Grammarly Adds Junk Code to WordPress Posts and Pages By Kris Gunnars, SearchTraffic.com April 4, 2019 [icon name=”quote-left”] When you enable the Grammarly extension in your browser, it scans the text that you type for spelling and grammar errors and underlines them. This is what your text looks like if you have spelling errors with Grammarly enabled: When you hover over an underlined word, Grammarly shows a suggestion for a fix. You can simply click the suggestion and Grammarly corrects the text for you, which is very useful. Junk code added to the published pages If I publish the text block above, with the spelling errors still highlighted, Grammarly html code gets added to the published page. If you get a lot of Grammarly suggestions in your code and don’t take action to fix them, then your pages will become bloated with a lot of this type of junk code. I call this code “junk” because it doesn’t serve any purpose whatsoever on the live, published page that is consumed by real users and search engines. All it does is increase the size of your page, which can negative effects on site speed. Taking action on the code errors usually gets rid of the code, so you need to hover over each word and either select the suggested correction or click the “Ignore” button. Unfortunately, it doesn’t always work. Even if you take action on all of the suggestions, chances are that you will still find a lot of this unnecessary html junk code on your live pages. Some junk code may remain on the page I noticed while doing some article cleanup that most of my published articles had a bunch of this junk code added, including for parts of the text that didn’t have any errors. Here’s an
I have been seeing more contact form spam in the past month or so from my own WordPress sites and clients are reporting the same. I assumed this was human spam and that little could be done to prevent it using the usual automated measures against spambots. However, while making changes on one of the sites, I noticed: that the form was no longer working, displaying a “There was a problem. Your email could not be sent.”, or words to that effect. that the reCaptcha 2 form was not being displayed below the form. I was vaguely aware that current versions of Contact Form 7 supported reCaptcha 3. What I failed to appreciate was that these versions were not backward compatible in that they no longer supported reCaptcha 2. That means, depending on the site, either visitors attempting to use your contact page were not getting their messages delivered; or messages sent via the form were no longer being intercepted by reCaptcha. If you use Contact Form 7 on any of your sites, make sure that you update them to reCaptcha 3: go to reCAPTCHA: Easy on Humans, Hard on Bots scroll down to the bottom of the page listing your sites and create a new listing for your domain to use reCaptcha 3 (there does not appear to be any way to just update a version 2 listing to version 3) delete your old site keys under the Integration option for Contact Form 7 and replace them with the new reCaptcha 3 site keys (Note: since these site keys apply to a domain plus any subdomains or subfolders under that domain, don’t delete your reCaptcha 2 keys until you are certain that you don’t have an application still using the old version. In particular, note that any custom HTML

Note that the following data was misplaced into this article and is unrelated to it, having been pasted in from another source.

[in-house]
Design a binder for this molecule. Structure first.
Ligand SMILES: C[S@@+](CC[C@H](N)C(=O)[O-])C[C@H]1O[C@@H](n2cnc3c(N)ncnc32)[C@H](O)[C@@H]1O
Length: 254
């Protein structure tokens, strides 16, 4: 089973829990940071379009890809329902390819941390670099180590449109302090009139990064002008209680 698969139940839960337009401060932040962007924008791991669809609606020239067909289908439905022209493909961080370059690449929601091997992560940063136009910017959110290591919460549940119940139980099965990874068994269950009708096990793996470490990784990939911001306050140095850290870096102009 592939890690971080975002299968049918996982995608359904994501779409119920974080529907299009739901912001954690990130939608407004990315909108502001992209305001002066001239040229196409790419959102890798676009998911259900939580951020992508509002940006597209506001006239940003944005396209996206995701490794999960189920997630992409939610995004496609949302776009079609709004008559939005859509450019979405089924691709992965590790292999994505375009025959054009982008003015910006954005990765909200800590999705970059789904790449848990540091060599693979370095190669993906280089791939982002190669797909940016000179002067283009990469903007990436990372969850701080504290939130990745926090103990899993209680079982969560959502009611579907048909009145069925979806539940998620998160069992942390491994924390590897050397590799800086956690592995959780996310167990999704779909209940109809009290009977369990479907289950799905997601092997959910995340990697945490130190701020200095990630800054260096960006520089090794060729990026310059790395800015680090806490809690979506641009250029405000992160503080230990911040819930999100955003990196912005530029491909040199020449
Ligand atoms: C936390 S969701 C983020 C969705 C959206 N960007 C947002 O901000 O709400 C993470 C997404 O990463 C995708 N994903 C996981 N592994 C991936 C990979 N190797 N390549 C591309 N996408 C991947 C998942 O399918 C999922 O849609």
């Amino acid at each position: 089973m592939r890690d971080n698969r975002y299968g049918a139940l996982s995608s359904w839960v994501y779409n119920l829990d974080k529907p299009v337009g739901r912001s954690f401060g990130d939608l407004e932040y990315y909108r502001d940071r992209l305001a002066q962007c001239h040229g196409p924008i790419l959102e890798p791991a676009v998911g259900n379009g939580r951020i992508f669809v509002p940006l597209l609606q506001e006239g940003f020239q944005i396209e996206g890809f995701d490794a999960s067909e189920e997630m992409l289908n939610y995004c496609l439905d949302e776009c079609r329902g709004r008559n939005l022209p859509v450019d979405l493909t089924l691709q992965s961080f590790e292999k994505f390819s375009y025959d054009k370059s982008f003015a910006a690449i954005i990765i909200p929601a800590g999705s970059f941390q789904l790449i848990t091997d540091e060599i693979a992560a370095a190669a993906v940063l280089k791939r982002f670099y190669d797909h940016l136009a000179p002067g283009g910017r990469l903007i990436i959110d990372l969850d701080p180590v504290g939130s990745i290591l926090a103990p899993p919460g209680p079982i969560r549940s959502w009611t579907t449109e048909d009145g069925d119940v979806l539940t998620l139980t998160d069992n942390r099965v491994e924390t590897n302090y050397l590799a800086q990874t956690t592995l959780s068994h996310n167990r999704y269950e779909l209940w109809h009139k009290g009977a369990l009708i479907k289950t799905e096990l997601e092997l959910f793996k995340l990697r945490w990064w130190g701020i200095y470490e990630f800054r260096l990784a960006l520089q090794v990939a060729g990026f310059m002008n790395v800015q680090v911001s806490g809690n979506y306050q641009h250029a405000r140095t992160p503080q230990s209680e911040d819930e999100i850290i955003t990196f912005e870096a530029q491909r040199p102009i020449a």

Mozilla’s new Firefox update puts user security at risk with TRR feature by AnkitGupta, TheWindowsClub.com August 7, 2018 Mozilla is all set to introduce two new features to its Firefox browser in its upcoming patch. Called as ‘DNS over HTTPs’ (DOH) and Trusted Recursive Resolver (TRR), Mozilla says that they are meant to enable additional security, with many security experts thinking otherwise. Signaling out TRR among the two, security experts at Ungleich say that this feature by default routes requests with a 3rd party service; thus making it less secure. With Trusted Recursive Resolver (TRR) turned on as default, any DNS changes that a Firefox user configured in the network will be overridden. This is because Mozilla had partnered with Cloudflare and will resolve the domain names from the application itself through a DNS server of Cloudflare located in the US. This allows Cloudflare to read user’s DNS requests. Lashing out on Mozilla for advertising TRR as a feature that ‘increases security’, the security expert at Ungleich mentions, “From our point of view, us being security geeks, advertising this feature with slogans like “increases security” is rather misleading because in many cases the opposite is the case. While it is true that with TRR you may not expose the websites you call to a random DNS server in an untrustworthy network you don’t know, it is not true that this increases security in general.” Cloudflare on its part, though commits to a ‘pro-user privacy’ policy and the detection of all personally identifiable data after 24 hours, there is no guarantee where a user’s data may finally end up. Mozilla’s TRR disables user’s anonymity With TRR allowing all DNS requests seen by Cloudflare, user’s anonymity stands completely destroyed. Government agencies always have the right to request data from the service owners,